Not a trap? Ukraine enters Kherson; Russia insists it’s not a humiliation

Source: Hot Air

Even the Ukrainians couldn’t quite believe this stunning new development in the war against Russian invaders at first. When Moscow finally announced an attempt at an orderly withdrawal from Kherson to salvage troops and materiel, Kyiv initially reacted with caution, suspecting a trap. In the days since, their forces have advanced rapidly but cautiously, ensuring a firm ground for retaking the only regional capital that Russia managed to capture in its invasion.

As it turns out, though, Russia really did intend to abandon Kherson and avoid a repeat of the rout that took place in Kharkiv. Russian troops have crossed over the Dniepro River and are attempting to retreat in order, NBC News reports, while Moscow tries claiming that this isn’t a humiliation for Vladimir Putin:

Ukraine’s armed forces swept through southern villages and towns on a march to retake the key city of Kherson Friday as Russia said its military had completed a humiliating retreat from the area.

Moscow’s defense ministry said in a statement reported by state news agencies early Friday that its troops and equipment had been withdrawn from the western bank of the Dnieper River by 5 a.m. local time (9 p.m. ET) — finalizing a pullout that marks one of the biggest setbacks of Russian President Vladimir Putin’s war.

It follows a grinding Ukrainian counteroffensive and a race by Russia to relocate more than 100,000 residents in the area.

Ukraine announced shortly afterward that it had entered Kherson in force and raised the national flag, completing the city’s liberation:

Ukraine’s Armed Forces entered the city of Kherson on Nov. 11, according to the Defense Ministry’s Intelligence Directorate.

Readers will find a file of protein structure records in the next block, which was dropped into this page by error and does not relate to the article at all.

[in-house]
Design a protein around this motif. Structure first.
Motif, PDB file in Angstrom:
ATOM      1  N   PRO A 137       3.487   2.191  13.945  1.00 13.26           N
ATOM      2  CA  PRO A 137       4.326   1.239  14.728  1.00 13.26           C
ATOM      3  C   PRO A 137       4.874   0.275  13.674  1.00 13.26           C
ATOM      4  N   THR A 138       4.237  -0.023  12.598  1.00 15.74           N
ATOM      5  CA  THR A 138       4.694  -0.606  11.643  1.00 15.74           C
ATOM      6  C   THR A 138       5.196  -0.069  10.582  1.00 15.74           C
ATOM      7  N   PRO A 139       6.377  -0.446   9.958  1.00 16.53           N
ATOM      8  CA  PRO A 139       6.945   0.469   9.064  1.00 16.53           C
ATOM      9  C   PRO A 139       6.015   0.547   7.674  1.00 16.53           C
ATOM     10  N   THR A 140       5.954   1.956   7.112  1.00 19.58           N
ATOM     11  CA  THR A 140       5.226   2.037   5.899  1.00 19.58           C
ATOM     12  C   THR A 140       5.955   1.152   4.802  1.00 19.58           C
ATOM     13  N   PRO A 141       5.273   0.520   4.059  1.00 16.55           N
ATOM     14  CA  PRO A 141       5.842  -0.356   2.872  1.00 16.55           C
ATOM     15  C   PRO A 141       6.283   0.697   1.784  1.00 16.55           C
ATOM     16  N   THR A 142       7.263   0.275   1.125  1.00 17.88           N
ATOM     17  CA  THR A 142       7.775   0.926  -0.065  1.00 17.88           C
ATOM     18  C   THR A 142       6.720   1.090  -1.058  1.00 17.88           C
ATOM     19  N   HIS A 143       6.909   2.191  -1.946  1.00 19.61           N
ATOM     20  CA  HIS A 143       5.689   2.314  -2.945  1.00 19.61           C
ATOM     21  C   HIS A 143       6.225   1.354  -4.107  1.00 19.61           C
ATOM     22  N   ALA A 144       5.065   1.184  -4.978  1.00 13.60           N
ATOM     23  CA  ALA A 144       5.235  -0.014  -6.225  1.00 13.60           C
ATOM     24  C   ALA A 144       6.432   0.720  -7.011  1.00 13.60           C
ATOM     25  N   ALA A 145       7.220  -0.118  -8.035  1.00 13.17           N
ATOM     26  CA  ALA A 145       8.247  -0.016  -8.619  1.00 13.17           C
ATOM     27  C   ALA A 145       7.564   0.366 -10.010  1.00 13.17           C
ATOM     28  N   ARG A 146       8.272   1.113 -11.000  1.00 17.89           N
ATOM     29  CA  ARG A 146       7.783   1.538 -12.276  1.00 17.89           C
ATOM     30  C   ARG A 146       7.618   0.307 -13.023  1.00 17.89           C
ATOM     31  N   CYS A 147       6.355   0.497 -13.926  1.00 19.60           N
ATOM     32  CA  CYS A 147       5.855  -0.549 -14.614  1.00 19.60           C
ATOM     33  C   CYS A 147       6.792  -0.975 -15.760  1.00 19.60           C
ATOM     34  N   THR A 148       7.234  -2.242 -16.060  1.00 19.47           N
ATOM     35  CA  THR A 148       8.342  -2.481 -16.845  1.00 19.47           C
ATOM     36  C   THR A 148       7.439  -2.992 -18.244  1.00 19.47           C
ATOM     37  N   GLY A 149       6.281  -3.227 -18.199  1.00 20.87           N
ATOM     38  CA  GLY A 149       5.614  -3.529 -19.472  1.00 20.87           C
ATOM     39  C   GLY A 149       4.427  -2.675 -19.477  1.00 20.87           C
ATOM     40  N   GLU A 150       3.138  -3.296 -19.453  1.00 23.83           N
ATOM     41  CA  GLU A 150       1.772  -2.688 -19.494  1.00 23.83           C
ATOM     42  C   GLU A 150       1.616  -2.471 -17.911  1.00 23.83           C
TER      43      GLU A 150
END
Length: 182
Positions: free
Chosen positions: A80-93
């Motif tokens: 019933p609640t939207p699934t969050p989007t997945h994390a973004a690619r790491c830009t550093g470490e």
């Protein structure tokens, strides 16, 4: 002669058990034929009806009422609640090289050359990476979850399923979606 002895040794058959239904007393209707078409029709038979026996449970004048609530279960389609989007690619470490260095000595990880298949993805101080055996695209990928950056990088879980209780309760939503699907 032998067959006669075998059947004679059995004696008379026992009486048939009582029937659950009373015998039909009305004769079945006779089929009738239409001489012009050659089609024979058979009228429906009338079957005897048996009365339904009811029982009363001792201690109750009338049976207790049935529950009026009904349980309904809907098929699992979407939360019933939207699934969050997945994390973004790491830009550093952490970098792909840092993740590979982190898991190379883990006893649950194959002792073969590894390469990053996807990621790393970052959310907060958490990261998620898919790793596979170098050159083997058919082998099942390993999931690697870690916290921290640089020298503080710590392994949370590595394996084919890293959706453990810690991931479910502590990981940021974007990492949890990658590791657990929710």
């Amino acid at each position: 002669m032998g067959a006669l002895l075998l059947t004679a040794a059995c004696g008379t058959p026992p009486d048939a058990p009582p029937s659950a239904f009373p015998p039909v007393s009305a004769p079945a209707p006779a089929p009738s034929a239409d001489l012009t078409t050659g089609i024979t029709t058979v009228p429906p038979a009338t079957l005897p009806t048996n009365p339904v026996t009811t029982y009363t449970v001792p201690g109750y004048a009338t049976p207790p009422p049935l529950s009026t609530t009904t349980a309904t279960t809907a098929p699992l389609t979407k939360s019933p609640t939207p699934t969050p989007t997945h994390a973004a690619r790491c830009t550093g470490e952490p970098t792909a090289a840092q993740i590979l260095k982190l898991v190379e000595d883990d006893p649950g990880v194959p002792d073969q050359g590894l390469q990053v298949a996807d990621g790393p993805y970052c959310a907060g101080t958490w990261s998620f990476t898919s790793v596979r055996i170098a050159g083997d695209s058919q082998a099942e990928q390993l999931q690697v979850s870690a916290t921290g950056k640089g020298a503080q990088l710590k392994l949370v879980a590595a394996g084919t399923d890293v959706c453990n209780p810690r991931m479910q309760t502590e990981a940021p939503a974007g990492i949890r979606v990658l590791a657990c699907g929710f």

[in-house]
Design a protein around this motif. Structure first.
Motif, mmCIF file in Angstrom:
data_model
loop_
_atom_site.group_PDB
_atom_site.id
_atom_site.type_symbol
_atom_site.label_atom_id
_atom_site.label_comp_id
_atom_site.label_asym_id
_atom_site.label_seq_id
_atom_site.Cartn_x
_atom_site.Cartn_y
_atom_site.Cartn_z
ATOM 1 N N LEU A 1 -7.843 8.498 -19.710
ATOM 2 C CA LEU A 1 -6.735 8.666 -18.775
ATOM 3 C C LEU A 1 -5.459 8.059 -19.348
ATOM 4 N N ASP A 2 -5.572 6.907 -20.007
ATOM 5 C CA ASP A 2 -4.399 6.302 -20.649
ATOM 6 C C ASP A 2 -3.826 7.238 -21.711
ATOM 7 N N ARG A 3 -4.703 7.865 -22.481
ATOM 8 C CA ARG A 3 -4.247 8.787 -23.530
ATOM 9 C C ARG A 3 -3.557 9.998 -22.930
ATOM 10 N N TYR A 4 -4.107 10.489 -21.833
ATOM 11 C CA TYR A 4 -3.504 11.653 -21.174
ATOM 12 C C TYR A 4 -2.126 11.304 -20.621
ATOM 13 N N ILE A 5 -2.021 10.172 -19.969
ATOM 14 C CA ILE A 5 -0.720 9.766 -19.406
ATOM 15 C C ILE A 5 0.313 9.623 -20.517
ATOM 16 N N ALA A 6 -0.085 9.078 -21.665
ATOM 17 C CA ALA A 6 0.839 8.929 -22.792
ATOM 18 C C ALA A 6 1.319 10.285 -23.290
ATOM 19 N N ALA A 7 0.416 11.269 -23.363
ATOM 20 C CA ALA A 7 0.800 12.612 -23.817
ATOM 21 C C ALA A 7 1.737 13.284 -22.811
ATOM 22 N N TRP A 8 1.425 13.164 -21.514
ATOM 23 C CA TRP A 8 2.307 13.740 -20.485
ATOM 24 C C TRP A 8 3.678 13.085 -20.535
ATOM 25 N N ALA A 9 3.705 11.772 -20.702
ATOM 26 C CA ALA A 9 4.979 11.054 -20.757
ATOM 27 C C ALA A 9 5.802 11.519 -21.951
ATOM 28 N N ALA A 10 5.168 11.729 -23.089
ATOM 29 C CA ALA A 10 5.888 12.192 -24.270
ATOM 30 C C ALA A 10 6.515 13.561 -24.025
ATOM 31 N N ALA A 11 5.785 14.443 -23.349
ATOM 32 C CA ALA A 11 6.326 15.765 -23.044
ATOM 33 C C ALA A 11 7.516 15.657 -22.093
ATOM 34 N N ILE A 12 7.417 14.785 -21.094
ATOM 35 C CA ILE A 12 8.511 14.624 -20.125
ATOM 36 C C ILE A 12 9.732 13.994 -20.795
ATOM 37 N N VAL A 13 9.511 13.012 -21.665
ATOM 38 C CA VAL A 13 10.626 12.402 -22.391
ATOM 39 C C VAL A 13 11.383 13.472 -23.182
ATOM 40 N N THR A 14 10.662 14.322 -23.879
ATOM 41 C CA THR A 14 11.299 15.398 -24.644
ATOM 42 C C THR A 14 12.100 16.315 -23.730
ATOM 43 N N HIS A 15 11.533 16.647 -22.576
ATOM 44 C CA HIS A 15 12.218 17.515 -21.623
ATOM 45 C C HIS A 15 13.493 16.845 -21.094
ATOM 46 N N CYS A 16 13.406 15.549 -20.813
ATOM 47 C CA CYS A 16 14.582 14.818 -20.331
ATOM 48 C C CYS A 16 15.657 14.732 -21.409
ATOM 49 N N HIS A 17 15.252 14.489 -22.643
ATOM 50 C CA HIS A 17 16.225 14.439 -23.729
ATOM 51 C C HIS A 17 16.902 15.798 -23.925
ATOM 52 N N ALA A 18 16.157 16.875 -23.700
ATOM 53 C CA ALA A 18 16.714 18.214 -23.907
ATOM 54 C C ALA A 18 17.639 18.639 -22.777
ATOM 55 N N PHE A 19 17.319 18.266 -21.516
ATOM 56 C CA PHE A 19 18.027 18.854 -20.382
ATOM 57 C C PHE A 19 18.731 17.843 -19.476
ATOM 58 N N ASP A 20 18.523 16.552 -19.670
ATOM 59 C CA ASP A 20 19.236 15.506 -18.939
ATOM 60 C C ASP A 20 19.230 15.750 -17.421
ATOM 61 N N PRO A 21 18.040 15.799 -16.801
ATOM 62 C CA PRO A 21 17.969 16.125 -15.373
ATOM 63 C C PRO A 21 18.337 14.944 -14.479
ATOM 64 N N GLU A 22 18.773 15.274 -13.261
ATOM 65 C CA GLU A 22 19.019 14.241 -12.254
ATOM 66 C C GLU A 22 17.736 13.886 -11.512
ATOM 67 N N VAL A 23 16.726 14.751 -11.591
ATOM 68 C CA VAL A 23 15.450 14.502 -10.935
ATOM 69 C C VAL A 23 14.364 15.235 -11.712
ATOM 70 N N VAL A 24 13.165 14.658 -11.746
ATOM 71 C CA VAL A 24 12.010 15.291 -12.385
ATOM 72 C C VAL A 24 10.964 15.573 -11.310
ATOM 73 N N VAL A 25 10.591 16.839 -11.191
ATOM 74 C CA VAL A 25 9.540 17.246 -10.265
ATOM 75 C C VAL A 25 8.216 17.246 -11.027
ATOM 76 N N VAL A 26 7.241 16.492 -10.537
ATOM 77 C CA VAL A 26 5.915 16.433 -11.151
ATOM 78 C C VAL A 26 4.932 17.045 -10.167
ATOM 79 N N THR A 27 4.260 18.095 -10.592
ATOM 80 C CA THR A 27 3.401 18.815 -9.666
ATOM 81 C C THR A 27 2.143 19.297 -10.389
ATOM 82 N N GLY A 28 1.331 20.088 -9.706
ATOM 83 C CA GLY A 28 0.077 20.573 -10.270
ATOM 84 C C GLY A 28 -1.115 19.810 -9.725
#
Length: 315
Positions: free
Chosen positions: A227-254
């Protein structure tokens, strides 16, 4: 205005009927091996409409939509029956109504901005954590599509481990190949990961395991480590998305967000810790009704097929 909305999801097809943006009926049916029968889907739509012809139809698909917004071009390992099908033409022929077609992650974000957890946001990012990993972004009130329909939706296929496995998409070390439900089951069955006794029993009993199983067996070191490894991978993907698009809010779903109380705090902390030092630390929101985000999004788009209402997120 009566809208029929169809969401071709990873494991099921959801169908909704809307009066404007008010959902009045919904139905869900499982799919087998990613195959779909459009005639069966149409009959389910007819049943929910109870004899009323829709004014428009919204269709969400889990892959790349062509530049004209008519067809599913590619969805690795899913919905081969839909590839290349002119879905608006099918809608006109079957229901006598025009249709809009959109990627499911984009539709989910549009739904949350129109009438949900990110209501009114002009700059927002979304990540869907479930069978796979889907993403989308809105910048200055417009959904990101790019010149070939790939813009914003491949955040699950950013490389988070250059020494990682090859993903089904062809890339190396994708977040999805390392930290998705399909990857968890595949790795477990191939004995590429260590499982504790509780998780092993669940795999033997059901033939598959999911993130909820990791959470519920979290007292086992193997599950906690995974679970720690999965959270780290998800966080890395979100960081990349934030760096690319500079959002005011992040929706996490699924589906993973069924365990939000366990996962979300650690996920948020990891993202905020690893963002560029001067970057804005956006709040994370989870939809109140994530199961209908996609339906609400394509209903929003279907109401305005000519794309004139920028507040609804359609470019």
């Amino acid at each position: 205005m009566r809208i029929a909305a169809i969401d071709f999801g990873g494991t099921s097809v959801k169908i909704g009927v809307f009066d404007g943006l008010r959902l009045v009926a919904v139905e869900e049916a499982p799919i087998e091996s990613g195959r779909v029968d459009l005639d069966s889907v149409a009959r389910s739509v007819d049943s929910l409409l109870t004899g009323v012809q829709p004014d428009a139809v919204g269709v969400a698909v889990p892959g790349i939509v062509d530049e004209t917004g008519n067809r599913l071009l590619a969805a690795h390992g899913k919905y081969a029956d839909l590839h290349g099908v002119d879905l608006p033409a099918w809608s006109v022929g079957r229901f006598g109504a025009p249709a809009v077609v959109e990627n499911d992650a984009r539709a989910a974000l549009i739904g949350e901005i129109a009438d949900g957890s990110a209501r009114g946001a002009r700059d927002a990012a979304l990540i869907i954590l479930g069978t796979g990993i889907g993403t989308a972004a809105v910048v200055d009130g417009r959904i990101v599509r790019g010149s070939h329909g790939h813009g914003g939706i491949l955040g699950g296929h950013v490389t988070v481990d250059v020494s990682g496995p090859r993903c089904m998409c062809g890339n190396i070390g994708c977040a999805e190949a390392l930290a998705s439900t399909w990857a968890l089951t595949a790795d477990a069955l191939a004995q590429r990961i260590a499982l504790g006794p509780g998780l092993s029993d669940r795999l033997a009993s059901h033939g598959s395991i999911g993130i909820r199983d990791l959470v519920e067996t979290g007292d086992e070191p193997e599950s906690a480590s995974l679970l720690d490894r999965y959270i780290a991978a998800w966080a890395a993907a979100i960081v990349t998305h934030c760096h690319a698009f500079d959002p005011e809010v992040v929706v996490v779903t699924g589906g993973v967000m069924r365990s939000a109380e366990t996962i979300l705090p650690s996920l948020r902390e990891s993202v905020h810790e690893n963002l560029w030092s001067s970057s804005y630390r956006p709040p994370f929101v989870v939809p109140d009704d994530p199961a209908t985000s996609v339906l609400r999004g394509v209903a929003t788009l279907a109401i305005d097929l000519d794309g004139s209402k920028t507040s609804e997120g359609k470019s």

“Kherson returns to Ukraine, as the Armed Forces enter the city,” its statement. “The retreat routes are under the fire control of the Ukrainian army. Every Russian soldier who resists will be destroyed.”

For those Russian soldiers who were left behind, “the only chance to avoid death is to immediately surrender,” writes the Defense Ministry’s Intelligence Directorate.

At about 12 p.m., Russia’s Defense Ministry announced the complete withdrawal of Russian forces from the west bank of the Dnipro River, including from Kherson.

What does that say about Putin’s war of annihilation? Kremlin gonna Kremlin, of course, as NBC noted:

Kremlin spokesman Dmitry Peskov denied the episode was embarrassing for Putin, who only weeks ago had proclaimed the region’s annexation. “Kyiv does not want negotiations. The special military operation continues,” Peskov said in his daily press briefing.

True, but it continues mainly in the wrong directions. Russia needed Kherson for its main war objective — creating a “land bridge” and ground lines of communication to Crimea. Its loss cuts off the easiest supply and relief lines to the peninsula, and the state of the Russian infantry and artillery in southern Ukraine does not lend itself to an assumption they can seize it back any time soon.